A radiator is an essential part of your cooling system, it keeps your engine safe from overheating. The internal combustion engine will produce too much heat when in use. The coolant plays a major role in circulating through the engine and the radiator absorbs the heat and uses the air passing through the radiator to cool it down.
The radiator is one of the important components of your vehicle. It’s located at the front of your vehicle as it can utilize airflow as you drive to aid in the cooling process. When you’re locating your vehicle’s radiator look for the larger of the two components and you’ll be in good shape.
How long do radiators last?
A radiator is designed to last the life of the vehicle—probably it won’t happen. It can sometimes fail and require replacement long before that.
But if maintained regularly your radiator should last somewhere between 8 to 10 years.
If your radiator isn’t functioning properly, you must deal with serious problems. Here are the signs your radiator is bad or failing:
1. Your vehicle is overheating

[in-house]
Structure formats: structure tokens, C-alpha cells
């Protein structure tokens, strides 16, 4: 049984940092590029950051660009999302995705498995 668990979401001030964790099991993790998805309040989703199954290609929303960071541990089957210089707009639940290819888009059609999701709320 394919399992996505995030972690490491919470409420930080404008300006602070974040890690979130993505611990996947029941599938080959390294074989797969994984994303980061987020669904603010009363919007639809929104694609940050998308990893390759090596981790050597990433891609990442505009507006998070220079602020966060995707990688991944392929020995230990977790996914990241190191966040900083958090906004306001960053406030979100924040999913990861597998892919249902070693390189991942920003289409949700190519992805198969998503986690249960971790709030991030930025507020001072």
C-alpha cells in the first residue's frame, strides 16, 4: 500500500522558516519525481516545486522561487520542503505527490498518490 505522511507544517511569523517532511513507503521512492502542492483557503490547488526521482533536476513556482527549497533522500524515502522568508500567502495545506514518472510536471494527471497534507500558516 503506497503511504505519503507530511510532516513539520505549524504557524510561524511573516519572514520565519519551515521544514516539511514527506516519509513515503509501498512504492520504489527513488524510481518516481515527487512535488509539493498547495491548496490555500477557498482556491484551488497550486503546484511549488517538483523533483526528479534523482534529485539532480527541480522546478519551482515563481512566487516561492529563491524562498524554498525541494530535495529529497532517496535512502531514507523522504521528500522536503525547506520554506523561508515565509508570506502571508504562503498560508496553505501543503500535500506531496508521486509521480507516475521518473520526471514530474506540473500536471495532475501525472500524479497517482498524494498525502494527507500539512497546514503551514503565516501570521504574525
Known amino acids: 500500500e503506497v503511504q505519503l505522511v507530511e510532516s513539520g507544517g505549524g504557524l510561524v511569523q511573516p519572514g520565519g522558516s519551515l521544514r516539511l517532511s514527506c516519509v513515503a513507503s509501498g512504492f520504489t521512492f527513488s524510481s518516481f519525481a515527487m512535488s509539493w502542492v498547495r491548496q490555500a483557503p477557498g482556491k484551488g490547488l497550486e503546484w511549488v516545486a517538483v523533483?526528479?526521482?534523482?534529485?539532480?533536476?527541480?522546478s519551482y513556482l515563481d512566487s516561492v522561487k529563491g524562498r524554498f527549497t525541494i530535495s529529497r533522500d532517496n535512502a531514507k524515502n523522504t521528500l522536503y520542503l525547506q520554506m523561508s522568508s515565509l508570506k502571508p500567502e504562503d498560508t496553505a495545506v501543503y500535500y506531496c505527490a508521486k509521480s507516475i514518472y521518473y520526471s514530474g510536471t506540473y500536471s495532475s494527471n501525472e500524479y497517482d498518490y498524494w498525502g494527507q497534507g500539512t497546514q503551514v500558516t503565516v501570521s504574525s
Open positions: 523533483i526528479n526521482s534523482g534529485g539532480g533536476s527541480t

When you drive at a normal speed and feel overheating then it’s a common sign that your radiator is bad or failing. Radiator plays a key role in keeping your engine cool. But it’s a fact that overheating may be due to the bad radiator, you can also replace the coolant and wait for the surprise.
2. Your vehicle is leaking coolant
If you see coolant( a bright yellow, green, or red liquid) under your vehicle while it’s parked then you have a leak. If a coolant leaks then it’s sure that there’s something unusual. The leak can be due to the radiator, a hose, or a problem in the engine block. A pressure test is recommended to determine from where the leak comes.
3. High-Temperature Gauge Readings
If your temperature gauge gradually reaches the high point then it’s a sign that something is under failure. If the engine gets too hot it will shut off, this is a sign that the problem is even more serious. An overheating engine can be due to a wide range of problems, including a faulty thermostat, a broken fan, or coolant leaks. Do more tests to find the actual problem.
4. Damaged Radiator Fins
Damaged radiator fins are another common problem. Radiators are situated at the front of the vehicle, but the fins are one of the easiest components to damage. These damaged fins may overheat your engine, slow down the performance of coolant in your radiator and lead to serious damage.
5. Fluid Discoloration
Corrosion is one of the biggest radiator killers. The corrosion may happen inside your radiator which you can’t see, but it will discolor the coolant. Just try to flush the coolant if it’s old, but if it’s new and severely discolored then you have significant corrosion in your system.